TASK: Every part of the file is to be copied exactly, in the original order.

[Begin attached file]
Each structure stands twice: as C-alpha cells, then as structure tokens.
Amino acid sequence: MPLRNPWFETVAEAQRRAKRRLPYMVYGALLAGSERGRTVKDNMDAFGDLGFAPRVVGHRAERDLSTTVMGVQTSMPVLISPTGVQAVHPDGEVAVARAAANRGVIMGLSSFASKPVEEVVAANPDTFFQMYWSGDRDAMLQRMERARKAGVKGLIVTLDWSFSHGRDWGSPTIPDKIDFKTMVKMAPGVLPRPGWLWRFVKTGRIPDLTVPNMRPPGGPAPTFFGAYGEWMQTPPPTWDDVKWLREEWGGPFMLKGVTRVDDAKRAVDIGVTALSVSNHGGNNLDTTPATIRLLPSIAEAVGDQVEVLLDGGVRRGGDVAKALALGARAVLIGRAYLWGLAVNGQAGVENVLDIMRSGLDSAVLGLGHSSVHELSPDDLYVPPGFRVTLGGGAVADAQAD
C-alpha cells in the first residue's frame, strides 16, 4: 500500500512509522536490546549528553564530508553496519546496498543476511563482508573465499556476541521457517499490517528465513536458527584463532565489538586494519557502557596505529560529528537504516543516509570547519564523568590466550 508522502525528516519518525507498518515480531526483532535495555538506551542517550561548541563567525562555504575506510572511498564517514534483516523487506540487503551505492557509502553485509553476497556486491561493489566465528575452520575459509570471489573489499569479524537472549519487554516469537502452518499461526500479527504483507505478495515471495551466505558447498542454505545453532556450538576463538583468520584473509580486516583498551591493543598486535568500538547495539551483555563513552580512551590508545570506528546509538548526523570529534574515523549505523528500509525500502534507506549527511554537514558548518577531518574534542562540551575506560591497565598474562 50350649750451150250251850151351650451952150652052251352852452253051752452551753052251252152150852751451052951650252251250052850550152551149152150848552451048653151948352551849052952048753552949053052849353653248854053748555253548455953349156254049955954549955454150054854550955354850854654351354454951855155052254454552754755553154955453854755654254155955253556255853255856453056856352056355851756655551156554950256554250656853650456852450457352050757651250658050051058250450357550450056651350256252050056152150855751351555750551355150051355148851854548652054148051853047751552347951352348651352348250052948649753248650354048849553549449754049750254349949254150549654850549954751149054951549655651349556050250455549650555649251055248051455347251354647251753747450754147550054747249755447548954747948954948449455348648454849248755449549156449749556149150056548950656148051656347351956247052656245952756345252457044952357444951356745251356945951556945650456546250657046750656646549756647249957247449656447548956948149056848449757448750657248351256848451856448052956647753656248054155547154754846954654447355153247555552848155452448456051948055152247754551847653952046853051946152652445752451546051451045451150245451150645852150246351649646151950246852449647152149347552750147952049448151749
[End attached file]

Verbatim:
Each structure stands twice: as C-alpha cells, then as structure tokens.
Amino acid sequence: MPLRNPWFETVAEAQRRAKRRLPYMVYGALLAGSERGRTVKDNMDAFGDLGFAPRVVGHRAERDLSTTVMGVQTSMPVLISPTGVQAVHPDGEVAVARAAANRGVIMGLSSFASKPVEEVVAANPDTFFQMYWSGDRDAMLQRMERARKAGVKGLIVTLDWSFSHGRDWGSPTIPDKIDFKTMVKMAPGVLPRPGWLWRFVKTGRIPDLTVPNMRPPGGPAPTFFGAYGEWMQTPPPTWDDVKWLREEWGGPFMLKGVTRVDDAKRAVDIGVTALSVSNHGGNNLDTTPATIRLLPSIAEAVGDQVEVLLDGGVRRGGDVAKALALGARAVLIGRAYLWGLAVNGQAGVENVLDIMRSGLDSAVLGLGHSSVHELSPDDLYVPPGFRVTLGGGAVADAQAD
C-alpha cells in the first residue's frame, strides 16, 4: 500500500512509522536490546549528553564530508553496519546496498543476511563482508573465499556476541521457517499490517528465513536458527584463532565489538586494519557502557596505529560529528537504516543516509570547519564523568590466550 508522502525528516519518525507498518515480531526483532535495555538506551542517550561548541563567525562555504575506510572511498564517514534483516523487506540487503551505492557509502553485509553476497556486491561493489566465528575452520575459509570471489573489499569479524537472549519487554516469537502452518499461526500479527504483507505478495515471495551466505558447498542454505545453532556450538576463538583468520584473509580486516583498551591493543598486535568500538547495539551483555563513552580512551590508545570506528546509538548526523570529534574515523549505523528500509525500502534507506549527511554537514558548518577531518574534542562540551575506560591497565598474562 50350649750451150250251850151351650451952150652052251352852452253051752452551753052251252152150852751451052951650252251250052850550152551149152150848552451048653151948352551849052952048753552949053052849353653248854053748555253548455953349156254049955954549955454150054854550955354850854654351354454951855155052254454552754755553154955453854755654254155955253556255853255856453056856352056355851756655551156554950256554250656853650456852450457352050757651250658050051058250450357550450056651350256252050056152150855751351555750551355150051355148851854548652054148051853047751552347951352348651352348250052948649753248650354048849553549449754049750254349949254150549654850549954751149054951549655651349556050250455549650555649251055248051455347251354647251753747450754147550054747249755447548954747948954948449455348648454849248755449549156449749556149150056548950656148051656347351956247052656245952756345252457044952357444951356745251356945951556945650456546250657046750656646549756647249957247449656447548956948149056848449757448750657248351256848451856448052956647753656248054155547154754846954654447355153247555552848155452448456051948055152247754551847653952046853051946152652445752451546051451045451150245451150645852150246351649646151950246852449647152149347552750147952049448151749